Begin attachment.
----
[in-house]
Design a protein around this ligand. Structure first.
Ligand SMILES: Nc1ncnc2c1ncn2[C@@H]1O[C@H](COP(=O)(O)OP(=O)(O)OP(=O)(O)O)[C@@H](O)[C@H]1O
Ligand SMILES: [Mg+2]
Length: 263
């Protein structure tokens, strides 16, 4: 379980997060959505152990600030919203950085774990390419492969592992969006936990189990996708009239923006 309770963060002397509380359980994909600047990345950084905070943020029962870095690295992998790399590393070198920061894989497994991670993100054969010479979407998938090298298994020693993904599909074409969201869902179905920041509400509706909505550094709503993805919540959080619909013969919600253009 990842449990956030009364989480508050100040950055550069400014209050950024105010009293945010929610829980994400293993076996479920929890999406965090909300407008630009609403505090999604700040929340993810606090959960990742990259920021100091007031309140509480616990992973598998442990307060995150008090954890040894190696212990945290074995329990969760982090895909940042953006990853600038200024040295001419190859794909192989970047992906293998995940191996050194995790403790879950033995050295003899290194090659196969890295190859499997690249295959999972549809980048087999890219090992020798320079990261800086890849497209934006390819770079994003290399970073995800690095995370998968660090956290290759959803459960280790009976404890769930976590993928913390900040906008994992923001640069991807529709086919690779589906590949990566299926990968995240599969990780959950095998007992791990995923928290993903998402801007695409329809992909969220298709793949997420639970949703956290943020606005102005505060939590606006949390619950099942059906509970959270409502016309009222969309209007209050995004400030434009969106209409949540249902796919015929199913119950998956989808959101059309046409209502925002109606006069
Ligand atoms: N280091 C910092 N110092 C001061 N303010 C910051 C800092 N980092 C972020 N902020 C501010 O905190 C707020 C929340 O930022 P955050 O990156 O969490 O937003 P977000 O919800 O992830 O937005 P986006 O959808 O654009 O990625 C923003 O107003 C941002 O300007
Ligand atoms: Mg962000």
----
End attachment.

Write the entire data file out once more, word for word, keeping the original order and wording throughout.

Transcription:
[in-house]
Design a protein around this ligand. Structure first.
Ligand SMILES: Nc1ncnc2c1ncn2[C@@H]1O[C@H](COP(=O)(O)OP(=O)(O)OP(=O)(O)O)[C@@H](O)[C@H]1O
Ligand SMILES: [Mg+2]
Length: 263
């Protein structure tokens, strides 16, 4: 379980997060959505152990600030919203950085774990390419492969592992969006936990189990996708009239923006 309770963060002397509380359980994909600047990345950084905070943020029962870095690295992998790399590393070198920061894989497994991670993100054969010479979407998938090298298994020693993904599909074409969201869902179905920041509400509706909505550094709503993805919540959080619909013969919600253009 990842449990956030009364989480508050100040950055550069400014209050950024105010009293945010929610829980994400293993076996479920929890999406965090909300407008630009609403505090999604700040929340993810606090959960990742990259920021100091007031309140509480616990992973598998442990307060995150008090954890040894190696212990945290074995329990969760982090895909940042953006990853600038200024040295001419190859794909192989970047992906293998995940191996050194995790403790879950033995050295003899290194090659196969890295190859499997690249295959999972549809980048087999890219090992020798320079990261800086890849497209934006390819770079994003290399970073995800690095995370998968660090956290290759959803459960280790009976404890769930976590993928913390900040906008994992923001640069991807529709086919690779589906590949990566299926990968995240599969990780959950095998007992791990995923928290993903998402801007695409329809992909969220298709793949997420639970949703956290943020606005102005505060939590606006949390619950099942059906509970959270409502016309009222969309209007209050995004400030434009969106209409949540249902796919015929199913119950998956989808959101059309046409209502925002109606006069
Ligand atoms: N280091 C910092 N110092 C001061 N303010 C910051 C800092 N980092 C972020 N902020 C501010 O905190 C707020 C929340 O930022 P955050 O990156 O969490 O937003 P977000 O919800 O992830 O937005 P986006 O959808 O654009 O990625 C923003 O107003 C941002 O300007
Ligand atoms: Mg962000």